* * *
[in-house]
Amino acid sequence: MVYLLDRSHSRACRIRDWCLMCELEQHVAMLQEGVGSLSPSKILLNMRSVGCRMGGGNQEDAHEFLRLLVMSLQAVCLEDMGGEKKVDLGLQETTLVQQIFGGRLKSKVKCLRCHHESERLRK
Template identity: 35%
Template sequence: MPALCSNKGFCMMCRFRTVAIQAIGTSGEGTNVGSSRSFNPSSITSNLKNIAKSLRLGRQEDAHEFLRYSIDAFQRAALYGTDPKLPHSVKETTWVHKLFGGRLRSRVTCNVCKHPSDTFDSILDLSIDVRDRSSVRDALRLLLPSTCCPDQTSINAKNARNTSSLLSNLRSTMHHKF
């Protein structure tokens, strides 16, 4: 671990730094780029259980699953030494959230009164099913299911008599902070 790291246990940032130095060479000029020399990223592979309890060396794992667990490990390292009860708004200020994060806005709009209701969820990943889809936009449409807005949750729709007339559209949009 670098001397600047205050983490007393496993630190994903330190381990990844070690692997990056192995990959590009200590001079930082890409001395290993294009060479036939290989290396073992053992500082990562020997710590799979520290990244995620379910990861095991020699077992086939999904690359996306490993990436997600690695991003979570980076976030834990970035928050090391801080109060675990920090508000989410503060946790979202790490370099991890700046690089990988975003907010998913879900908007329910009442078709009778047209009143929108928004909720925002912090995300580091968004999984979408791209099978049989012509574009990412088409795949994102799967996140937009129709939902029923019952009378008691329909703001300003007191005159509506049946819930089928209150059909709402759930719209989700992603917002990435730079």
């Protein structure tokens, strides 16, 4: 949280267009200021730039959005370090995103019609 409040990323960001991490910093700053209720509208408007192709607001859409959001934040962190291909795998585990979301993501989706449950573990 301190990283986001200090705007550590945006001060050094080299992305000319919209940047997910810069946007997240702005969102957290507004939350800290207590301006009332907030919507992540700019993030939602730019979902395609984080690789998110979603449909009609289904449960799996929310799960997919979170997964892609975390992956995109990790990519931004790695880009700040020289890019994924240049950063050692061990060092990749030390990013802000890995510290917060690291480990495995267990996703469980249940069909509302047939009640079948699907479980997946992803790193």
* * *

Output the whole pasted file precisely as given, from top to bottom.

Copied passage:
[in-house]
Amino acid sequence: MVYLLDRSHSRACRIRDWCLMCELEQHVAMLQEGVGSLSPSKILLNMRSVGCRMGGGNQEDAHEFLRLLVMSLQAVCLEDMGGEKKVDLGLQETTLVQQIFGGRLKSKVKCLRCHHESERLRK
Template identity: 35%
Template sequence: MPALCSNKGFCMMCRFRTVAIQAIGTSGEGTNVGSSRSFNPSSITSNLKNIAKSLRLGRQEDAHEFLRYSIDAFQRAALYGTDPKLPHSVKETTWVHKLFGGRLRSRVTCNVCKHPSDTFDSILDLSIDVRDRSSVRDALRLLLPSTCCPDQTSINAKNARNTSSLLSNLRSTMHHKF
């Protein structure tokens, strides 16, 4: 671990730094780029259980699953030494959230009164099913299911008599902070 790291246990940032130095060479000029020399990223592979309890060396794992667990490990390292009860708004200020994060806005709009209701969820990943889809936009449409807005949750729709007339559209949009 670098001397600047205050983490007393496993630190994903330190381990990844070690692997990056192995990959590009200590001079930082890409001395290993294009060479036939290989290396073992053992500082990562020997710590799979520290990244995620379910990861095991020699077992086939999904690359996306490993990436997600690695991003979570980076976030834990970035928050090391801080109060675990920090508000989410503060946790979202790490370099991890700046690089990988975003907010998913879900908007329910009442078709009778047209009143929108928004909720925002912090995300580091968004999984979408791209099978049989012509574009990412088409795949994102799967996140937009129709939902029923019952009378008691329909703001300003007191005159509506049946819930089928209150059909709402759930719209989700992603917002990435730079």
């Protein structure tokens, strides 16, 4: 949280267009200021730039959005370090995103019609 409040990323960001991490910093700053209720509208408007192709607001859409959001934040962190291909795998585990979301993501989706449950573990 301190990283986001200090705007550590945006001060050094080299992305000319919209940047997910810069946007997240702005969102957290507004939350800290207590301006009332907030919507992540700019993030939602730019979902395609984080690789998110979603449909009609289904449960799996929310799960997919979170997964892609975390992956995109990790990519931004790695880009700040020289890019994924240049950063050692061990060092990749030390990013802000890995510290917060690291480990495995267990996703469980249940069909509302047939009640079948699907479980997946992803790193």